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THE STORY OF THE LAST YANA INDIANThe glory and romance of archery culminated in England before the discovery of America. There, no doubt, the bow was used to its greatest perfection, and it decided the fate of nations. The crossbow and the matchlock had supplanted the longbow when Columbus sailed for the New World.It was, therefore, a distinct surprise to the first explorers of America that the natives used the bow and arrow so effectively. In fact, the sword and the horse, combined with the white man's superlative self-assurance, won the contest over the aborigines more than the primitive blunderbuss of the times. The bow and arrow was still more deadly than the gun.With the gradual extermination of the American Indian, the westward march of civilization, and the improvement in firearms, this contest became more and more unequal, and the bow disappeared from the land. The last primitive Indian archer was discovered in California in the year 1911.When the white pioneers of California descended through the northern part of that State by the Lassen trail, they met with a tribe of Indians known as the Yana, or Yahi. That is the name they called themselves. Their neighbors called them the Nozi, and the white men called them the Deer Creek or Mill Creek Indians. Different from the other tribes of this territory, the Yana would not submit without a struggle to the white man's conquest of their lands.The Yana were hunters and warriors. The usual California natives were yellow in color, fat and inclined to be peaceable. The Yana were smaller of stature, lithe, of reddish bronze complexion, and instead of being diggers of roots, they lived by the salmon spear and the bow. Their range extended over an area south of Mount Lassen, east of the Sacramento River, for a distance of fifty miles.From the earliest settlement of the whites, hostilities existed between them. This resulted in definitely organized expeditions against these Indians, and the annual slaughter of hundreds.The last big round-up of Mill Creek Indians occurred in 1872, when their tribe was surprised at its seasonal harvest of acorns. Upon this occasion a posse of whites killed such a number of natives that it is said the creek was damned with dead bodies. An accurate account of these days may be obtained from Watterman's paper on the Yana Indians. [Footnote: Vol. 13, No. 2, Am. Archaeology and Ethnology.]During one of the final raids upon the Yana, a little band of Indian women and children hid in a cave. Here they were discovered and murdered in cold blood. One of the white scouting party laconically stated that he used his revolver to blow out their brains because the rifle spattered up the cave too much.So it came to pass, that from two or three thousand people, the Yana were reduced to less than a dozen who escaped extermination. These were mainly women, old men and children. This tribal remnant sought the refuge of the impenetrable brush and volcanic rocks of Deer Creek Canyon. Here they lived by stealth and cunning. Like wild creatures, they kept from sight until the whites quite forgot their existence.It became almost a legend that wild Indians lived in the Mount Lassen district. From time to time ranchers or sheep herders reported that their flocks had been molested, that signs of Indians had been found or that arrowheads were discovered in their sheep. But little credence was given these rumors until the year 1908, when an electric power company undertook to run a survey line across Deer Creek Canyon with the object of constructing a dam.One evening, as a party of linemen stood on a log at the edge of the deep swift stream debating the best place to ford, a naked Indian rose up before them, giving a savage snarl and brandishing a spear. In an instant the survey party disbanded, fell from the log, and crossed the stream in record-breaking time. When they stopped to get their breath, the Indian had disappeared. This was the first appearance of Ishi, [Footnote: Ishi is pronounced "E-she."] the Yana.Next morning an exploring expedition set out to verify the excited report of the night before. The popular opinion was that no such wildman existed, and that the linemen had been seeing things. One of the group offered to bet that no signs of Indians would be found.As the explorers reached the slide of volcanic boulders where the apparition of the day before had disappeared, two arrows flew past them. They made a run for the top of the slide and reached it just in time to see two Indians vanish in the brush. They left behind them an old white-haired squaw, whom they had been carrying. She was partially paralyzed, and her legs were bound in swaths of willow bark, seemingly in an effort to strengthen them.The old squaw was wrinkled with age, her hair was cropped short as a sign of mourning, and she trembled with fear. The white men approached and spoke kindly to her in Spanish. But she seemed not to understand their words, and apparently expected only death, for in the past to meet a white man was to die. They gave her water to drink, and tried to make her call back her companions, but without avail.Further search disclosed two small brush huts hidden among the laurel trees. So cleverly concealed were these structures that one could pass within a few yards and not discern them. In one of the huts acorns and dried salmon had been stored; the other was their habitation. There was a small hearth for indoor cooking; bows, arrows, fishing tackle, a few aboriginal utensils and a fur robe were found. These were confiscated in the white man's characteristic manner. They then left the place and returned to camp.Next day the party revisited the site, hoping to find the rest of the Indians. These, however, had gone forever.Nothing more was seen or heard of this little band until the year 1911, when on the outskirts of Oroville, some thirty-two miles from the Deer Creek camp, a lone survivor appeared. Early in the morning, brought to bay by a barking dog, huddled in the corner of a corral, was an emaciated naked Indian. So strange was his appearance and so alarmed was the butcher's boy who found him, that a hasty call for the town constable brought out an armed force to capture him.Confronted with guns, pistols, and handcuffs, the poor man was sick with fear. He was taken to the city jail and locked up for safekeeping. There he awaited death. For years he had believed that to fall into the hands of white men meant death. All his people had been killed by whites; no other result could happen. So he waited in fear and trembling. They brought him food, but he would not eat; water, but he would not drink. They asked him questions, but he could not speak. With the simplicity of the white man, they brought him other Indians of various tribes, thinking that surely all "Diggers" were the same. But their language was as strange to him as Chinese or Greek.And so they thought him crazy. His hair was burnt short, his feet had never worn shoes, he had small bits of wood in his nose and ears; he neither ate, drank, nor slept. He was indeed wild or insane.By this time the news of the wild Indian got into the city papers, and Professor T. T. Watterman, of the Department of Anthropology at the University of California, was sent to investigate the case. He journeyed to Oroville and was brought into the presence of this strange Indian. Having knowledge of many native dialects, Dr. Watterman tried one after the other on the prisoner. Through good fortune, some of the Yana vocabulary had been preserved in the records of the University. Venturing upon this lost language, Watterman spoke in Yana the words, Siwini, which means pine wood, tapping at the same time the edge of the cot on which they sat.In wonderment, the Indian's face lighted with faint recognition. Watterman repeated the charm, and like a spell the man changed from a cowering, trembling savage. A furtive smile came across his face. He said in his language, I nu ma Yaki--"Are you an Indian?" Watterman assured him that he was.A great sense of relief entered the situation. Watterman had discovered one of the lost tribes of California; Ishi had discovered a friend.They clothed him and fed him, and he learned that the white man was good.Since no formal charges were lodged against the Indian, and he seemed to have no objection, Watterman took him to San Francisco, and there, attached to the Museum of Anthropology, he became a subject of study and lived happily for five years. From him it was learned that his people were all dead. The old woman seen in the Deer Creek episode was his mother; the old man was his uncle. These died on a long journey to Mt. Lassen, soon after their discovery. Here he had burned their bodies and gone into mourning. The fact that the white men took their means of procuring food, as well as their clothing, contributed, no doubt, to the death of the older people.Half starved and hopeless, he had wandered into civilization. His father, once the chieftain of the Yana tribe, having domain over all the country immediately south of Mt. Lassen, was long since gone, and with him all his people. Ranchers and stockmen had usurped their country, spoiled the fishing, and driven off the game. The acorn trees of the valleys had been taken from them; nothing remained but evil spirits in the land of his forefathers.Now, however, he had found kindly people who fed him, clothed him, and taught him the mysteries of civilization. When asked his name, he said: "I have none, because there were no people to name me," meaning that no tribal ceremony had been performed. But the old people had called him Ishi, which means "strong and straight one," for he was the youth of their camp. He had learned to make fire with sticks; he knew the lost art of chipping arrowheads from flint and obsidian; he was the fisherman and the hunter. He knew nothing of our modern life. He had no name for iron, nor cloth, nor horse, nor road. He was as primitive as the aborigines of the pre-Columbian period. In fact, he was a man in the Stone Age. He was absolutely untouched by civilization. In him science had a rare find. He turned back the pages of history countless centuries. And so they studied him, and he studied them.From him they learned little of his personal history and less of that of his family, because an Indian considers it unbecoming to speak much of his own life, and it brings ill luck to speak of the dead. He could not pronounce the name of his father without calling him from the land of spirits, and this he could only do for some very important reason. But he knew the full history of his tribe and their destruction.His apparent age was about forty years, yet he undoubtedly was nearer sixty. Because of his simple life he was in physical prime, mentally alert, and strong in body.He was about five feet eight inches tall, well proportioned, had beautiful hands and unspoiled feet.His features were less aquiline than those of the Plains Indian, yet strongly marked outlines, high cheek bones, large intelligent eyes, straight black hair, and fine teeth made him good to look upon.As an artisan he was very skilful and ingenious. Accustomed to primitive tools of stone and bone, he soon learned to use most expertly the knife, file, saw, vise, hammer, ax, and other modern implements.Although he marveled at many of our inventions and appreciated matches, he took great pride in his ability to make fire with two sticks of buckeye. This he could do in less than two minutes by twirling one on the other.About this time I became an instructor in surgery at the University Medical School, which is situated next to the Museum. Ishi was employed here in a small way as a janitor to teach him modern industry and the value of money. He was perfectly happy and a great favorite with everybody.From his earliest experience with our community life he manifested little immunity to disease. He contracted all the epidemic infections with which he was brought in contact. He lived a very hygienic existence, having excellent food and sleeping outdoors, but still he was often sick. Because of this I came in touch with him as his physician in the hospital, and soon learned to admire him for the fine qualities of his nature.Though very reserved, he was kindly, honest, cleanly, and trustworthy. More than this, he had a superior philosophy of life, and a high moral standard.By degrees I learned to speak his dialect, and spent many hours in his company. He told us the folk lore of his tribe. More than forty myths or animal stories of his have been recorded and preserved. They are as interesting as the stories of Uncle Remus. The escapades of wildcat, the lion, the grizzly bear, the bluejay, the lizard, and the coyote are as full of excitement and comedy as any fairy story.He knew the history and use of everything in the outdoor world. He spoke the language of the animals. He taught me to make bows and arrows, how to shoot them, and how to hunt, Indian fashion. He was a wonderful companion in the woods, and many days and nights we journeyed together.After he had been with us three years we took him back to his own country. But he did not want to stay. He liked the ways of the white man, and his own land was full of the spirits of the departed.He showed us old forgotten camp sites where past chieftains made their villages. He took us to deer licks and ambushes used by his people long ago. One day in passing the base of a great rock he scratched with his toe and dug up the bones of a bear's paw. Here, in years past, they had killed and roasted a bear. This was the camp of Ya mo lo ku. His own camp was called Wowomopono Tetna or bear wallow.We swam the streams together, hunted deer and small game, and at night sat under the stars by the camp fire, where in a simple way we talked of old heroes, the worlds above us, and his theories of the life to come in the land of plenty, where the bounding deer and the mighty bear met the hunter with his strong bow and swift arrows.I learned to love Ishi as a brother, and he looked upon me as one of his people. He called me Ku wi, or Medicine Man; more, perhaps, because I could perform little sleight of hand tricks, than because of my profession.But, in spite of the fact that he was happy and surrounded by the most advanced material culture, he sickened and died. Unprotected by hereditary or acquired immunity, he contracted tuberculosis and faded away before our eyes. Because he had no natural resistance, he received no benefit from such hygienic measures as serve to arrest the disease in the Caucasian. We did everything possible for him, and nursed him to the painful bitter end.When his malady was discovered, plans were made to take him back to the mountains whence he came and there have him cared for properly. We hoped that by this return to his natural elements he would recover. But from the inception of his disease he failed so rapidly that he was not strong enough to travel.Consumed with fever and unable to eat nourishing food, he seemed doomed from the first. After months of misery he suddenly developed a tremendous pulmonary hemorrhage. I was with him at the time, directed his medication, and gently stroked his hand as a small sign of fellowship and sympathy. He did not care for marked demonstrations of any sort.He was a stoic, unafraid, and died in the faith of his people.As an Indian should go, so we sent him on his long journey to the land of shadows. By his side we placed his fire sticks, ten pieces of dentalia or Indian money, a small bag of acorn meal, a bit of dried venison, some tobacco, and his bow and arrows.These were cremated with him and the ashes placed in an earthen jar. On it is inscribed "Ishi, the last Yana Indian, 1916."And so departed the last wild Indian of America. With him the neolithic epoch terminates. He closes a chapter in history. He looked upon us as sophisticated children--smart, but not wise. We knew many things and much that is false. He knew nature, which is always true. His were the qualities of character that last forever. He was essentially kind; he had courage and self-restraint, and though all had been taken from him, there was no bitterness in his heart. His soul was that of a child, his mind that of a philosopher.With him there was no word for good-by. He said: "You stay, I go."He has gone and he hunts with his people. We stay, and he has left us the heritage of the bow.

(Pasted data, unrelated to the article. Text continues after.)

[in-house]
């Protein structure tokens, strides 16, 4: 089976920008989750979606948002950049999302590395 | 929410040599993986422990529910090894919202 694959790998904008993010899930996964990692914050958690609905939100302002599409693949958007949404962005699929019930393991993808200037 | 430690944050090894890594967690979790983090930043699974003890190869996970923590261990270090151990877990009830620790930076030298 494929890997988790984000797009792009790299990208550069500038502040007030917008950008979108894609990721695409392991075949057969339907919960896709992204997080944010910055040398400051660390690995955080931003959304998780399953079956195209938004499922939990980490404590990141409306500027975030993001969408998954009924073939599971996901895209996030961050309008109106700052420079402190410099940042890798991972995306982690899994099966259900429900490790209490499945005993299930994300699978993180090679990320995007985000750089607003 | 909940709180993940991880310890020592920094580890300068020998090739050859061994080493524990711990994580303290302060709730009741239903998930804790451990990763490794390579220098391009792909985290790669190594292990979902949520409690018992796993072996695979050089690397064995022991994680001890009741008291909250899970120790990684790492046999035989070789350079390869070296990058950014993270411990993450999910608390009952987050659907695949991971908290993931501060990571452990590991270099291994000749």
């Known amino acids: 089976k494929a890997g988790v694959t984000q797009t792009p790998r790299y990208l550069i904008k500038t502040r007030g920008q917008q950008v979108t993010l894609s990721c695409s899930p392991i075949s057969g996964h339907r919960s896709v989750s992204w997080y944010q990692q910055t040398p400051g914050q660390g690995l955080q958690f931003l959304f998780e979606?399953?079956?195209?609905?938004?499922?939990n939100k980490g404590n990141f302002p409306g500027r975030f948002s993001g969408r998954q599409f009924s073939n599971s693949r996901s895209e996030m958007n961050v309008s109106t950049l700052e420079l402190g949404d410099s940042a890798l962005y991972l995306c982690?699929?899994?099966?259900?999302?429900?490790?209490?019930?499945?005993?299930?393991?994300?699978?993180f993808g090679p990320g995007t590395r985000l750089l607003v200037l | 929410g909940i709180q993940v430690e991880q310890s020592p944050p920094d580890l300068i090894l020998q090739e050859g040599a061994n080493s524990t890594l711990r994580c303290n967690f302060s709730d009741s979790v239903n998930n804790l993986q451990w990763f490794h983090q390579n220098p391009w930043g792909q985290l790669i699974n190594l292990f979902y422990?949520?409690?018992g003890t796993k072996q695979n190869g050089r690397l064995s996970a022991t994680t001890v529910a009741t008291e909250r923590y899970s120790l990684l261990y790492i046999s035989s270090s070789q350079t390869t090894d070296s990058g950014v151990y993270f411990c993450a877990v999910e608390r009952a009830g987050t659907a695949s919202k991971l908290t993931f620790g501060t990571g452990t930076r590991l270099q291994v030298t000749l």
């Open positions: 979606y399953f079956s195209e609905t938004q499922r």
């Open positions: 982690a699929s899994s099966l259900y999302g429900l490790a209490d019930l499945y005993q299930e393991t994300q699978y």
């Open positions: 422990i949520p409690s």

HOW ISHI MADE HIS BOW AND ARROW AND HIS METHODS OF SHOOTINGAlthough much has been written in history and fiction concerning the archery of the North American Indian, strange to say, very little has been recorded of the methods of manufacture of their weapons, and less in accurate records of their shooting.It is a great privilege to have lived with an unspoiled aborigine and seen him step by step construct the most perfect type of bow and arrow.The workmanship of Ishi was by far the best of any Indian in America; compared with thousands of specimens in the museum, his arrows were the most carefully and beautifully made; his bow was the best.It would take too much time to go into the minute details of his work, and this has all been recorded in anthropologic records, [Footnote: See Yahi Archery, Vol. 13, No. 3, Am. Archaeology and Ethnology.] but the outlines of his methods are as follows:The bow, Ishi called man-nee. It was a short, flat piece of mountain juniper backed with sinew. The length was forty-two inches, or, as he measured it, from the horizontally extended hand to the opposite hip. It was broadest at the center of each limb, approximately two inches, and half an inch thick. The cross-section of this part was elliptical. At the center of the bow the handgrip was about an inch and a quarter wide by three-quarters thick, a cross-section being ovoid. At the tips it was curved gently backward and measured at the nocks three-quarters by one-half an inch. The nock itself was square shouldered and terminated in a pin half an inch in diameter and an inch long.The wood was obtained by splitting a limb from a tree and utilizing the outer layers, including the sap wood. By scraping and rubbing on sandstone, he shaped and finished it. The recurved tips of the bow he made by bending the wood backward over a heated stone. Held in shape by cords and binding to another piece of wood, he let his bow season in a dark, dry place. Here it remained from a few months to years, according to his needs. After being seasoned he backed it with sinew. First he made a glue by boiling salmon skin and applying it to the roughened back of the bow. When it was dry he laid on long strips of deer sinew obtained from the leg tendons. By chewing these tendons and separating their fibers, they became soft and adhesive. Carefully overlapping the ends of the numerous fibers he covered the entire back very thickly. At the nocks he surrounded the wood completely and added a circular binding about the bow.During the process of drying he bound the sinew tightly to the bow with long, thin strips of willow bark. After several days he removed this bandage and smoothed off the edges of the dry sinew, sized the surface with more glue and rubbed everything smooth with sandstone. Then he bound the handgrip for a space of four inches with a narrow buckskin thong.In his native state he seems never to have greased his bow nor protected it from moisture, except by his bow case, which was made of the skin from a cougar's tail. But while with us he used shellac to protect the glue and wood. Other savages use buck fat or bear grease.The bowstring he made of the finer tendons from the deer's shank. These he chewed until soft, then twisted them tightly into a cord having a permanent loop at one end and a buckskin strand at the other. While wet the string was tied between two twigs and rubbed smooth with spittle. Its diameter was one-eighth of an inch, its length about forty-eight inches. When dry the loop was applied to the upper nock of his bow while he bent the bow over his knee and wound the opposite end of the string about the lower nock. The buckskin thong terminating this portion of the string made it easier to tie in several half hitches.When braced properly the bowstring was about five inches from the belly of the bow. And when not in use and unstrung the upper loop was slipped entirely off the nock, but held from falling away from the bow by a second small loop of buckskin.Drawn to the full length of an arrow, which was about twenty-six inches, exclusive of the foreshaft, his bow bent in a perfect arc slightly flattened at the handle. Its pull was about forty-five pounds, and it could shoot an arrow about two hundred yards.This is not the most powerful type of weapon known to Indians, and even Ishi did make stronger bows when he pleased; but this seemed to be the ideal weight for hunting, and it certainly was adequate in his hands.According to English standards, it was very short; but for hunting in the brush and shooting from crouched postures, it seems better fitted for the work than a longer weapon.According to Ishi, a bow left strung or standing in an upright position, gets tired and sweats. When not in use it should be lying down; no one should step over it; no child should handle it, and no woman should touch it. This brings bad luck and makes it shoot crooked. To expunge such an influence it is necessary to wash the bow in sand and water.In his judgment, a good bow made a musical note when strung and the string is tapped with the arrow. This was man's first harp, the great grandfather of the pianoforte.By placing one end of his bow at the corner of his open mouth and tapping the string with an arrow, the Yana could make sweet music. It sounded like an Aeolian harp. To this accompaniment Ishi sang a folk-song telling of a great warrior whose bow was so strong that, dipping his arrow first in fire, then in the ocean, he shot at the sun. As swift as the wind, his arrow flew straight in the round open door of the sun and put out its light. Darkness fell upon the earth and men shivered with cold. To prevent themselves from freezing they grew feathers, and thus our brothers, the birds, were born.Ishi called an arrow sa wa.In making arrows the first thing is to get the shafts. Ishi used many woods, but he preferred witch hazel. The long, straight stems of this shrub he cut in lengths of thirty-two inches, having a diameter of three-eighths of an inch at the base when peeled of bark.He bound a number of these together and put them away in a shady place to dry. After a week or more, preferably several months, he selected the best shafts and straightened them. This he accomplished by holding the concave surface near a small heap of hot embers and when warm he either pressed his great toe on the opposite side, or he bent the wood backward on the base of the thumb. Squinting down its axis he lined up the uneven contours one after the other and laid the shaft aside until a series of five was completed. He made up arrows in lots of five or ten, according to the requirements, his fingers being the measure.The sticks thus straightened he ran back and forth between two grooved pieces of sandstone or revolved them on his thigh while holding the stones in his hand, until they were smooth and reduced to a diameter of about five-sixteenths of an inch. Next they were cut into lengths of approximately twenty-six inches. The larger end was now bound with a buckskin thong and drilled out for the depth of an inch and a half to receive the end of the foreshaft. He drilled this hole by fixing a long, sharp bone in the ground between his great toes and revolved the upright shaft between his palms on this fixed point, the buckskin binding keeping the wood from splitting.The foreshaft was made of heavier wood, frequently mountain mahogany. It was the same diameter as the arrow, only tapering a trifle toward the front end, and usually was about six inches long. This was carefully shaped into a spindle at the larger end and set in the recently drilled hole of the shaft, using glue or resin for this purpose. The joint was bound with chewed sinew, set in glue.The length of an arrow, over all, was estimated by Ishi in this manner. He placed one end on the top of his breast-bone and held the other end out in his extended left hand. Where it touched the tip of his forefinger it was cut as the proper length. This was about thirty-two inches.The rear end of his arrow was now notched to receive the bowstring. He filed it with a bit of obsidian, or later on, with three hacksaw blades bound together until he made a groove one-eighth of an inch wide by three-eighths deep. The opposite end of the shaft was notched in a similar way to receive the head. The direction of this latter cut was such that when the arrow was on the bow the edge of the arrowhead was perpendicular, for the fancied reason that in this position the arrow when shot enters between the ribs of an animal more readily. He did not seem to recognize that an arrow rotates.At this stage he painted his shafts. The pigments used in the wilds were red cinnabar, black pigment from the eye of trout, a green vegetable dye from wild onions, and a blue obtained, he said, from the root of a plant. These were mixed with the sap or resin of trees and applied with a little stick or hairs from a fox's tail drawn through a quill.His usual design was a series of alternating rings of green and black starting two inches from the rear end and running four inches up the shaft. Or he made small circular dots and snaky lines running down the shaft for a similar distance. When with us he used dry colors mixed with shellac, which he preferred to oil paints because they dried quicker. The painted area, intended for the feathers, is called the shaftment and not only helps in finding lost arrows, but identifies the owner. This entire portion he usually smeared with thin glue or sizing.A number of shafts having been similarly prepared, the Indian was ready to feather them. A feather he called pu nee. In fledging arrows Ishi used eagle, buzzard, hawk or flicker feathers. Owl feathers Indians seem to avoid, thinking they bring bad luck. By preference he took them from the wings, but did not hesitate to use tail feathers if reduced to it. With us he used turkey pinions.Grasping one between the heel of his two palms he carefully separated the bristles at the tip of the feather with his fingers and pulled them apart, splitting the quill its entire length. This is called stripping a feather. Taking the wider half he firmly held one end on a rock with his great toe, and the other end between the thumb and forefinger of his left hand. With a piece of obsidian, or later on a knife blade, he scraped away the pith until the rib was thin and flat.Having prepared a sufficient number in this way he gathered them in groups of three, all from similar wings, tied them with a bit of string and dropped them in a vessel of water. When thoroughly wet and limp they were ready for use.While he chewed up a strand of sinew eight or ten inches long, he picked up a group of feathers, stripped off the water, removed one, and after testing its strength, folded the last two inches of bristles down on the rib, and the rest he ruffled backward, thus leaving a free space for later binding. He prepared all three like this.Picking up an arrow shaft he clamped it between his left arm and chest, holding the rear end above the shaftment in his left hand. Twirling it slowly in this position, he applied one end of the sinew near the nock, fixing it by overlapping. The first movements were accomplished while holding one extremity of the sinew in his teeth; later, having applied the feathers to the stick, he shifted the sinew to the grasp of the right thumb and forefinger.One by one he laid the feathers in position, binding down the last two inches of stem and the wet barbs together. The first feather he applied on a line perpendicular to the plane of the nock; the two others were equidistant from this. For the space of an inch he lapped the sinew about the feathers and arrow-shaft, slowly rotating it all the while, at last smoothing the binding with his thumb nail.The rear ends having been lashed in position, the arrow was set aside to dry while the rest were prepared.Five or ten having reached this stage and the binding being dry and secure, he took one again between his left arm and chest, and with his right hand drew all the feathers straight and taut, down the shaft. Here he held them with the fingers of his left hand. Having marked a similar place on each arrow where the sinew was to go, he cut the bristles off the rib. At this point he started binding with another piece of wet sinew. After a few turns he drew the feathers taut again and cut them, leaving about a half inch of rib. This he bound down completely to the arrow-shaft and finished all by smoothing the wet lapping with his thumb nail.The space between the rib and the wood he sometimes smeared with more glue to cause the feather to adhere to the shaft, but this was not the usual custom with him. After all was dry and firm, Ishi took the arrow and beat it gently across his palm so that the feathers spread out nicely.As a rule the length of his feathers was four inches, though on ceremonial arrows they often were as long as eight inches.After drying, the feathers were cut with a sharp piece of obsidian, using a straight stick as a guide and laying the arrow on a flat piece of wood. When with us he trimmed them with scissors, making a straight cut from the full width of the feather in back, to the height of a quarter of an inch at the forward extremity. On his arrows he left the natural curve of the feather at the nock, and while the rear binding started an inch or more from the butt of the arrow, the feather drooped over the nock. This gave a pretty effect and seemed to add to the steering qualities of the missile.Two kinds of points were used on Ishi's arrows. One was the simple blunt end of the shaft bound with sinew used for killing small game and practice shots. The other was his hunting head, made of flint or obsidian. He preferred the latter.Obsidian was used as money among the natives of California. A boulder of this volcanic glass was packed from some mountainous districts and pieces were cracked off and exchanged for dried fish, venison, or weapons. It was a medium of barter. Although all men were more or less expert in flaking arrowheads and knives, the better grades of bows, arrows, and arrow points were made by the older, more expert specialists of the tribe.Ishi often referred to one old Indian, named Chu no wa yahi, who lived at the base of a great cliff with his crazy wife. This man owned an ax, and thus was famous for his possessions as well as his skill as a maker of bows. From a distant mountain crest one day Ishi pointed out to me the camp of this Indian who was long since dead. If ever Ishi wished to refer to a hero of the bow, or having been beaten in a shot, he always told us what Chu no wa yahi could have done.To make arrowheads properly one should smear his face with mud and sit out in the hot sun in a quiet secluded spot. The mud is a precaution against harm from the flying chips of glass, possibly also a good luck ritual. If by chance a bit of glass should fly in the eye, Ishi's method of surgical relief was to hold his lower lid wide open with one finger while he slapped himself violently on the head with the other hand. I am inclined to ascribe the process of removal more to the hydraulic effect of the tears thus started than to the mechanical jar of the treatment.He began this work by taking one chunk of obsidian and throwing it against another; several small pieces were thus shattered off. One of these, approximately three inches long, two inches wide and half an inch thick, was selected as suitable for an arrowhead, or haka. Protecting the palm of his left hand by a piece of thick buckskin, Ishi placed a piece of obsidian flat upon it, holding it firmly with his fingers folded over it.In his right hand he held a short stick on the end of which was lashed a sharp piece of deer horn. Grasping the horn firmly while the longer extremity lay beneath his forearm, he pressed the point of the horn against the edge of the obsidian. Without jar or blow, a flake of glass flew off, as large as a fish scale. Repeating this process at various spots on the intended head, turning it from side to side, first reducing one face, then the other, he soon had a symmetrical point. In half an hour he could make the most graceful and perfectly proportioned arrowhead imaginable. The little notches fashioned to hold the sinew binding below the barbs he shaped with a smaller piece of bone, while the arrowhead was held on the ball of his thumb.Flint, plate glass, old bottle glass, onyx--all could be worked with equal facility. Beautiful heads were fashioned from blue bottles and beer bottles.The general size of these points was two inches for length, seven-eighths for width, and one-eighth for thickness. Larger heads were used for war and smaller ones for shooting bears.Such a head, of course, was easily broken if the archer missed his shot. This made him very careful about the whole affair of shooting.When ready for use, these heads were set on the end of the shaft with heated resin and bound in place with sinew which encircled the end of the arrow and crossed diagonally through the barb notches with many recurrences.Such a point has better cutting qualities in animal tissue than has steel. The latter is, of course, more durable. After entering civilization, Ishi preferred to use iron or steel blades of the same general shape, or having a short tang for insertion in the arrowhead.Ishi carried anywhere from five to sixty arrows in a quiver made of otter skin which hung suspended by a loop of buckskin over his left shoulder.His method of bracing or stringing the bow was as follows: Grasping it with his right hand at its center, with the belly toward him, and the lower end on his right thigh, he held the upper end with his left hand while the loop of the string rested between his finger and thumb. By pressing downward at the handle and pulling upward with the left hand he so sprung the bow that the loop of the cord could be slipped over the upper nock.In nocking his arrow, the bow was held diagonally across the body, its upper end pointing to the left. It was held lightly in the palm of the left hand so that it rested loosely in the notch of the thumb while the fingers partially surrounded the handle. Taking an arrow from his quiver, he laid it across the bow on its right side where it lay between the extended fingers of his left hand. He gently slid the arrow forward until the nock slipped over the string at its center. Here he set it properly in place and put his right thumb under the string, hooked upward ready to pull. At the same time he flexed his forefinger against the side of the arrow, and the second finger was placed on the thumb nail to strengthen the pull.Thus he accomplished what is known as the Mongolian release.Only a few nations ever used this type of arrow release, and the Yana seem to have been the only American natives to do so. [Footnote: See Morse on Arrow Release.]To draw his bow he extended his left arm. At the same time he pulled his right hand toward him. The bow arm was almost in front of him, while his right hand drew to the top of his breast bone. With both eyes open he sighted along his shaft and estimated the elevation according to the distance to be shot.He released firmly and without change of position until the arrow hit. He preferred to shoot kneeling or squatting, for this was most favorable for getting game.His shooting distances were from ten yards up to fifty. Past this range he did not think one should shoot, but sought rather to approach his game more closely.In his native state he practiced shooting at little oak balls, or bundles of grass bound to represent rabbits, or little hoops of willow rolled along the ground. Like all other archers, if Ishi missed a shot he always had a good excuse. There was too much wind, or the arrow was crooked, or the bow had lost its cast, or, as a last resource, the coyote doctor bewitched him, which is the same thing we mean when we say it is just bad luck. While with us he shot at the regulation straw target, and he is the first and only Indian of whose shooting any accurate records have been made.Many exaggerated reports exist concerning the accuracy of the shooting of American Indians; but here we have one who shot ever since childhood, who lived by hunting, and must have been as good, if not better, than the average.He taught us to shoot Indian style at first, but later we learned the old English methods and found them superior to the Indian. At the end of three months' practice, Dr. J. V. Cooke and I could shoot as well as Ishi at targets, but he could surpass us at game shooting.Ishi never thought very much of our long bows. He always said, "Too much man-nee." And he always insisted that arrows should be painted red and green.But when we began beating him at targets, he took all his shafts home and scraped the paint off them, putting back rings of blue and yellow, doubtless to change his luck. In spite of our apparent superiority at some forms of shooting, he never changed his methods to meet competition. We, of course, did not want him to.Small objects the size of a quail the Indian could hit with regularity up to twenty yards. And I have seen him kill ground squirrels at forty yards; yet at the same distances he might miss a four-foot target. He explained this by saying that the target was too large and the bright colored rings diverted the attention. He was right.There is a regular system of shooting in archery competition. In America there is what is known as the American Round, which consists of shooting thirty arrows at each of the following distances: sixty, fifty, and forty yards. The bull's-eye on the target is a trifle over nine inches and is surrounded by four rings of half this diameter. Their value is 9, 7, 5, 3, 1, successively counting from the center outward. The target itself is constructed of straw, bound in the form of a mat four feet in diameter, covered with a canvas facing.Counting the hits and scores on the various distances, a good archer will make the following record. Here is Arthur Young's best score:March 25, 1917.At 60 yards 30 hits 190 score 11 golds 50 yards 30 hits 198 score 9 golds 40 yards 30 hits 238 score 17 goldsTotal 90 hits 626 score 37 goldsThis is one of the best scores made by American archers.Ishi's best record is as follows:October 23, 1914.At 60 yards 10 hits 32 score 50 yards 20 hits 92 score 2 golds 40 yards 19 hits 99 score 2 goldsTotal 49 hits 223 score 4 goldsHis next best score was this:At 60 yards 13 hits 51 score 50 yards 17 hits 59 score 40 yards 22 hits 95 scoreTotal 52 hits 205 scoreMy own best practice American round is as follows:May 22, 1917.At 60 yards 29 hits 157 score 50 yards 29 hits 185 score 40 yards 30 hits 196 scoreTotal 88 hits 538 scoreAnything over 500 is considered good shooting.It will be seen from this that the Indian was not a good target shot, but in field shooting and getting game, probably he could excel the white man.